Acting, Emotion, and Science on Shakespeare's Stage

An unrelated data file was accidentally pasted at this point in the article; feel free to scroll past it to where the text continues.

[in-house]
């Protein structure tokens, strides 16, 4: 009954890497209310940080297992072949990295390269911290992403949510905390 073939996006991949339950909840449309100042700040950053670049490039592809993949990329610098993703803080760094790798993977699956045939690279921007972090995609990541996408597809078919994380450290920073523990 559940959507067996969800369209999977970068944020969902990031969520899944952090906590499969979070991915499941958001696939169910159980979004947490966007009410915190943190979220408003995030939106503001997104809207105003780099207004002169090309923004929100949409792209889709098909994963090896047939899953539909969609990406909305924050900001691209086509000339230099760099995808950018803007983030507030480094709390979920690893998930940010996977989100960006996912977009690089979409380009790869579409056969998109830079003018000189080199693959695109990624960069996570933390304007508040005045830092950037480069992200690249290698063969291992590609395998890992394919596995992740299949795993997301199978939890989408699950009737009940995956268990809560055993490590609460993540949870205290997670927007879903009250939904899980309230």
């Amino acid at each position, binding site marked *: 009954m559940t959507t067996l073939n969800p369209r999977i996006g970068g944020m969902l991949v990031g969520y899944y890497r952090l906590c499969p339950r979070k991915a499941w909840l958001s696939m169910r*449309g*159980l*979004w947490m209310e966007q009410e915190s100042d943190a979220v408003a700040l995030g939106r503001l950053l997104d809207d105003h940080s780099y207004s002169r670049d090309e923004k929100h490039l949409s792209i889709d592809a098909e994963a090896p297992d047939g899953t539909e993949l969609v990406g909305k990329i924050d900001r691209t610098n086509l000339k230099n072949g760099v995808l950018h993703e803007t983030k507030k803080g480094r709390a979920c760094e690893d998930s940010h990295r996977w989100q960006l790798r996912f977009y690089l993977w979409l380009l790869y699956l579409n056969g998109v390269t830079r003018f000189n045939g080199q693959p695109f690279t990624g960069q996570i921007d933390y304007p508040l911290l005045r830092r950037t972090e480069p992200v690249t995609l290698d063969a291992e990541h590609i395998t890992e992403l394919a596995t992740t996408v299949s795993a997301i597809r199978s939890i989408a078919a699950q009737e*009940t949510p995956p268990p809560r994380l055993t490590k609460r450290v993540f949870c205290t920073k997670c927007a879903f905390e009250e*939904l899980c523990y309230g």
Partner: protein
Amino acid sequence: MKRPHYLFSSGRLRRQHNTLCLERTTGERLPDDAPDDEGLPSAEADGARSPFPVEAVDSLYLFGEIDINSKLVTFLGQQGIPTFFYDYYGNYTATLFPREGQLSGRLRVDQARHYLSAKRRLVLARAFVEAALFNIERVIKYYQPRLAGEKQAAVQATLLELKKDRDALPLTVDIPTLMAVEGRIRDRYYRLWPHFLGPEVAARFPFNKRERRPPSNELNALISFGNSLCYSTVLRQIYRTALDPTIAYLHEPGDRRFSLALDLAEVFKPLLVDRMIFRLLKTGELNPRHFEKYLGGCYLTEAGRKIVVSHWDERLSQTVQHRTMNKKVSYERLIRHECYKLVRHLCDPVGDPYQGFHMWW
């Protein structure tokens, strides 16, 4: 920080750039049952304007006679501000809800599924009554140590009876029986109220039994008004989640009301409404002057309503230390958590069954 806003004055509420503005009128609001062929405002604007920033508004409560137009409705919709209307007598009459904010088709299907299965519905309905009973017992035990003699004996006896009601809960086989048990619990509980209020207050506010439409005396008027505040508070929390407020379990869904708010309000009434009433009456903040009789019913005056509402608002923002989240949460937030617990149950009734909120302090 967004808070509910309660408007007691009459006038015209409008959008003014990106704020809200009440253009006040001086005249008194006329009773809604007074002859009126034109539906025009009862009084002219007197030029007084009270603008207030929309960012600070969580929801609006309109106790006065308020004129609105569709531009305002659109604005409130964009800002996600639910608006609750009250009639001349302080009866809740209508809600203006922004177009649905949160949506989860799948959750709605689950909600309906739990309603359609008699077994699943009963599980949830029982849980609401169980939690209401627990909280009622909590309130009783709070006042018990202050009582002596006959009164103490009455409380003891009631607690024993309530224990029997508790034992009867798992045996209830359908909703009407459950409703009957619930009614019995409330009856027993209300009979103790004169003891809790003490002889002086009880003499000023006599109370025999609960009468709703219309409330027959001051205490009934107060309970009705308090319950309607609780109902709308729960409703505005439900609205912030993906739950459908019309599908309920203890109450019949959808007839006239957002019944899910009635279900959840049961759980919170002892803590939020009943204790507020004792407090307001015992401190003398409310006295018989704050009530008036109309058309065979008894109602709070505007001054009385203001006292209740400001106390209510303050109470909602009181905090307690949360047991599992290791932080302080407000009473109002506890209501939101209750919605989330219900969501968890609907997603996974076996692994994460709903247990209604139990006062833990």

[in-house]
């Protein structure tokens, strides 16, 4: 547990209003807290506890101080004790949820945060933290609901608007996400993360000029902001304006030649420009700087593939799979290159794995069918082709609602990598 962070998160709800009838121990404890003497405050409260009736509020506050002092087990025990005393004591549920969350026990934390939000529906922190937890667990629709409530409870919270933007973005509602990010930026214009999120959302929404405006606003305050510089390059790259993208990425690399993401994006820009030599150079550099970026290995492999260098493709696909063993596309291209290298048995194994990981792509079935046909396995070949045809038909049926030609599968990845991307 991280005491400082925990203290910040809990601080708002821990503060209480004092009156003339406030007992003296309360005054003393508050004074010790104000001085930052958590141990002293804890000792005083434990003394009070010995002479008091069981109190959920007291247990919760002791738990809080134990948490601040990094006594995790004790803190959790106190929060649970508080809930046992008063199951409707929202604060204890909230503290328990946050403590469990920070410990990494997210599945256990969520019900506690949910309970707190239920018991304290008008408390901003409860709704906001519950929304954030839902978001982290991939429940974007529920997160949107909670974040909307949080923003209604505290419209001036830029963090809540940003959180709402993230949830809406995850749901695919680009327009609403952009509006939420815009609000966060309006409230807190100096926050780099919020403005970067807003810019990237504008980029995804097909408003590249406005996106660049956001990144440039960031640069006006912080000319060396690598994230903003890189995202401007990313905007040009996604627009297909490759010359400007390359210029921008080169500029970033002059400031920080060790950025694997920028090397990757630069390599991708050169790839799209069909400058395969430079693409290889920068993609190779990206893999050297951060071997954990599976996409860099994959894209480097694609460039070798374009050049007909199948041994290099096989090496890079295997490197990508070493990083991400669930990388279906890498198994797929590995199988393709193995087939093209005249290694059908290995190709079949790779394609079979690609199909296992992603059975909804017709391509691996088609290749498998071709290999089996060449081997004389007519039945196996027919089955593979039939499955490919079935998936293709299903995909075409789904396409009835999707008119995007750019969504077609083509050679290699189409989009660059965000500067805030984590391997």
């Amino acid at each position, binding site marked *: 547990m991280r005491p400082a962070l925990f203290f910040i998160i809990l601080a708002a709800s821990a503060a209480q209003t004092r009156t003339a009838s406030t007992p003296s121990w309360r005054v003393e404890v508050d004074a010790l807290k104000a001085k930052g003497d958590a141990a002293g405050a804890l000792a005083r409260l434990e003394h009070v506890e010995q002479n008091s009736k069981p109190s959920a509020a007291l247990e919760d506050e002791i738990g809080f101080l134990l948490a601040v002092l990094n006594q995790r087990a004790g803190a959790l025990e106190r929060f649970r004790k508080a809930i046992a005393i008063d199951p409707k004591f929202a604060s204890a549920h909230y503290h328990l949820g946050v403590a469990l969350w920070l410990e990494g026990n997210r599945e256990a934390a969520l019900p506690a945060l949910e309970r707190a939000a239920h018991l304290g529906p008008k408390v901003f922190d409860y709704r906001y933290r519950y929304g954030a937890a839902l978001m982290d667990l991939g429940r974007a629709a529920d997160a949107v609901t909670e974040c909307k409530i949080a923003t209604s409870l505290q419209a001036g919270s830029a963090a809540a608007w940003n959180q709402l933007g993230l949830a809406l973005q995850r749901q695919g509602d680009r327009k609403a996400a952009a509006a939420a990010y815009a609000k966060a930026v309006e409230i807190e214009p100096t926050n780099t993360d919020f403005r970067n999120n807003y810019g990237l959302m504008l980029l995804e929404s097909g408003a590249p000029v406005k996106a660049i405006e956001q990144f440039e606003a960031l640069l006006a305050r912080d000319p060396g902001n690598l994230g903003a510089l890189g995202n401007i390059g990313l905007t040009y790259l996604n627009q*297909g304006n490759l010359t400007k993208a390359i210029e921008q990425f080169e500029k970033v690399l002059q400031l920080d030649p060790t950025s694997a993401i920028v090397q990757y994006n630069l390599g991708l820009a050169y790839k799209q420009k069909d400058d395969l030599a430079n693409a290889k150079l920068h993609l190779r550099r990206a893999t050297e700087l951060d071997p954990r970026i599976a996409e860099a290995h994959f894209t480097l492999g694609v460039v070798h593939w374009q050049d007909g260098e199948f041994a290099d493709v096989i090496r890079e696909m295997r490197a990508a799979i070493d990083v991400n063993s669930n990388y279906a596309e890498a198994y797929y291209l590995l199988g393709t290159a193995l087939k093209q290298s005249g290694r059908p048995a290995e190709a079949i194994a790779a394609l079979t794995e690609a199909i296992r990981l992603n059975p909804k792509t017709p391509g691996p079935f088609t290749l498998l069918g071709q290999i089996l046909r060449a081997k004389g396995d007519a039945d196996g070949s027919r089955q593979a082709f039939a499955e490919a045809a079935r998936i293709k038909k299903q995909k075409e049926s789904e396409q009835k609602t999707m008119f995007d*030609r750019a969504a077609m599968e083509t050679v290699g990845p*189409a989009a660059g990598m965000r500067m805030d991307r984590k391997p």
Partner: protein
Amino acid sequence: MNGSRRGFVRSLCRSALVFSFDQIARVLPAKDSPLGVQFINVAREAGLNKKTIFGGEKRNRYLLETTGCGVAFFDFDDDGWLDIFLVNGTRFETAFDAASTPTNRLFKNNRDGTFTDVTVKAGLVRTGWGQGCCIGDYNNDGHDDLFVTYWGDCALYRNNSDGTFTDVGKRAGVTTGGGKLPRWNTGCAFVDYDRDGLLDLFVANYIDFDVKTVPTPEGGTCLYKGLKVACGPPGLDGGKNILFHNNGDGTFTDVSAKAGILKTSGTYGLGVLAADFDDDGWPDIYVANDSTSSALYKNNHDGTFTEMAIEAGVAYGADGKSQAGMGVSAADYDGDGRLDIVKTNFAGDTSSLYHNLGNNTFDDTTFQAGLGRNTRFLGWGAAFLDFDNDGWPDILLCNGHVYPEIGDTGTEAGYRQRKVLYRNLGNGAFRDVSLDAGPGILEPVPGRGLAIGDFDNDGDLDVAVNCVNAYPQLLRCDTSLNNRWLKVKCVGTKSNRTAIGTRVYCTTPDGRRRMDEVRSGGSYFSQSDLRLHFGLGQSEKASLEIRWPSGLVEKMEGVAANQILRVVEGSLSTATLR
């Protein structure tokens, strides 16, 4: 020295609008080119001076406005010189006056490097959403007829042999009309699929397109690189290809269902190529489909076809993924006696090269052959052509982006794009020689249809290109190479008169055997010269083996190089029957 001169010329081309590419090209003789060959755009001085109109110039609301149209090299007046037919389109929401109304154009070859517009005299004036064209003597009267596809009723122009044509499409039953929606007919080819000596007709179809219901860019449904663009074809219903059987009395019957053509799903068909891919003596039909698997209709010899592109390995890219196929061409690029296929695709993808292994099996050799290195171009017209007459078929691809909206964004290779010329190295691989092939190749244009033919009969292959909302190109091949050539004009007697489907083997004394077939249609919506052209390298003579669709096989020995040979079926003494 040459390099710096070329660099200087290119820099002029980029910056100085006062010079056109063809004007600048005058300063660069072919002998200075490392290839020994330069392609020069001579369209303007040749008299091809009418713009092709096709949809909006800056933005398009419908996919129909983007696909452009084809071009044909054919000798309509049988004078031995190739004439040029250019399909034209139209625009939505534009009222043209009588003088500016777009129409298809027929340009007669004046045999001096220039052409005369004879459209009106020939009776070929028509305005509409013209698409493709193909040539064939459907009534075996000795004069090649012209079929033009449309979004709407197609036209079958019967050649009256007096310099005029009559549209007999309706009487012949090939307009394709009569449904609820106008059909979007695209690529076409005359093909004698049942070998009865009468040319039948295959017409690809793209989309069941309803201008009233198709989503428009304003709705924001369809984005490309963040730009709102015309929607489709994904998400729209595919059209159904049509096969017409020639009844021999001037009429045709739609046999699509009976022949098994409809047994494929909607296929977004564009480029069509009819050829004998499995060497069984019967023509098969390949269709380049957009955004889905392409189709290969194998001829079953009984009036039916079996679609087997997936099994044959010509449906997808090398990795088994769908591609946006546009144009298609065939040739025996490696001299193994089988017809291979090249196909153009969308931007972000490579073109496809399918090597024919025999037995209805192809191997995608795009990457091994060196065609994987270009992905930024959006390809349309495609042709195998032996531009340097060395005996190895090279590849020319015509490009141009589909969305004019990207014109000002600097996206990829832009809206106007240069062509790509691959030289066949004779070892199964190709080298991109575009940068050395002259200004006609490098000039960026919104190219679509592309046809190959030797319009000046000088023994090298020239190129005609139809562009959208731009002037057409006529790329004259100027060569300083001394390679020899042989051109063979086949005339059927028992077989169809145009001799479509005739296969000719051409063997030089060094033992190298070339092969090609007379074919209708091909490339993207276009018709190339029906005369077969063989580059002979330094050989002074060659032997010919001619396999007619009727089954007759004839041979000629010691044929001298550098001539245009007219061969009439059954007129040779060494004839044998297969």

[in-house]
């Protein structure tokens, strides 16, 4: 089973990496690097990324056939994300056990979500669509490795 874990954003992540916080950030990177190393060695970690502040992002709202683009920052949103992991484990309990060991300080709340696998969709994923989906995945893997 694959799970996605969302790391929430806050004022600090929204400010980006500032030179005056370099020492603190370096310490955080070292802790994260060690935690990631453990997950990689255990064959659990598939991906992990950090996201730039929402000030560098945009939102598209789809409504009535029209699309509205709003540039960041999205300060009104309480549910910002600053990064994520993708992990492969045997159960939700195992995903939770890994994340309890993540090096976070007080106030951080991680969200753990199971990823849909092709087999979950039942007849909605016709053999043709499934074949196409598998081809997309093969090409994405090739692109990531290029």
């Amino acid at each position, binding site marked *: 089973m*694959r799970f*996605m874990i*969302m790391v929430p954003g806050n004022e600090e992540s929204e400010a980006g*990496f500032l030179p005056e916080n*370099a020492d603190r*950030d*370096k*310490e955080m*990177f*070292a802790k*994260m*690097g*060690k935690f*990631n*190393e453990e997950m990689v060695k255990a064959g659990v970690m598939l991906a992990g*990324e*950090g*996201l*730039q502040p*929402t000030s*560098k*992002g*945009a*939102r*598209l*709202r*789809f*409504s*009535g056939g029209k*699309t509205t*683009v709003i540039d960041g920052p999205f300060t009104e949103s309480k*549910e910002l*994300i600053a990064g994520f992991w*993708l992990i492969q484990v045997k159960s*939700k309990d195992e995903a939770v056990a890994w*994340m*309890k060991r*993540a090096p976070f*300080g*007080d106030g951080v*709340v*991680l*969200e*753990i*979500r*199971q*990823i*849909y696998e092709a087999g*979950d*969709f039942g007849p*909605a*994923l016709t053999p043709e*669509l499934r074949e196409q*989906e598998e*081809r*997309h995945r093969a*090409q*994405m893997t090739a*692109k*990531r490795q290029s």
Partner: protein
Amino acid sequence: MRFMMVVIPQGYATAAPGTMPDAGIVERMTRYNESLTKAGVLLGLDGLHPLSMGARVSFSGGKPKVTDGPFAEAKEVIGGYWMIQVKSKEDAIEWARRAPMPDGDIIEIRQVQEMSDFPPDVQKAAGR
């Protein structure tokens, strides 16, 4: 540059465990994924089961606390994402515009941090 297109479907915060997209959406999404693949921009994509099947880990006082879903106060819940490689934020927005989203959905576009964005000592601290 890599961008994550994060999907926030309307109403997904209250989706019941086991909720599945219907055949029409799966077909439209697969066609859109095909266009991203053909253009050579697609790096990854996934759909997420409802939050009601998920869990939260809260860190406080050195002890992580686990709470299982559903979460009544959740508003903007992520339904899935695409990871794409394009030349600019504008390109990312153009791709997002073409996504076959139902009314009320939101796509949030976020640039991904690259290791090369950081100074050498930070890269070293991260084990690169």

How do actors do what they do? How do they stir up emotions, both in themselves and in us as we watch them? Joseph Roach’s 1985 book The Player’s Passion: Studies in the Science of Acting examined how the actor’s art has been understood through history: from Shakespeare’s 17th century, when spirits emitted by actors’ eyes took hold of audiences, to David Garrick’s 18th century, when pneumatic tubes transmitted emotion from the brain to the body. We talk with Joseph Roach about historical theories of acting. These theories—shared by doctors, scientists, actors, and audiences—affected the way some of our favorite playwrights wrote, and some of them even made their way into the most influential acting techniques of the 20th century. Joseph Roach was the long-time Sterling Professor of Theater at Yale University. The Player’s Passion: Studies in the Science of Acting, one of a number of books by Roach, was originally published by the University of Delaware Press in 1985 and was reissued by the University of Michigan Press in 1993. He recently joined us at the Folger Institute for a seminar titled “What Acting Is.” He is interviewed by Barbara Bogaev. From the Shakespeare Unlimited podcast series. Published March 5, 2019. © Folger Shakespeare Library. All rights reserved. This podcast episode, “Suit the Action to the Word, the Word to the Action,” was produced by Richard Paul. Garland Scott is the associate producer. It was edited by Gail Kern Paster. Ben Lauer is the web producer. We had technical help from Andrew Feliciano and Evan Marquart at Voice Trax West in Studio City, California, and Ryan McEvoy at the Yale University Broadcast Center.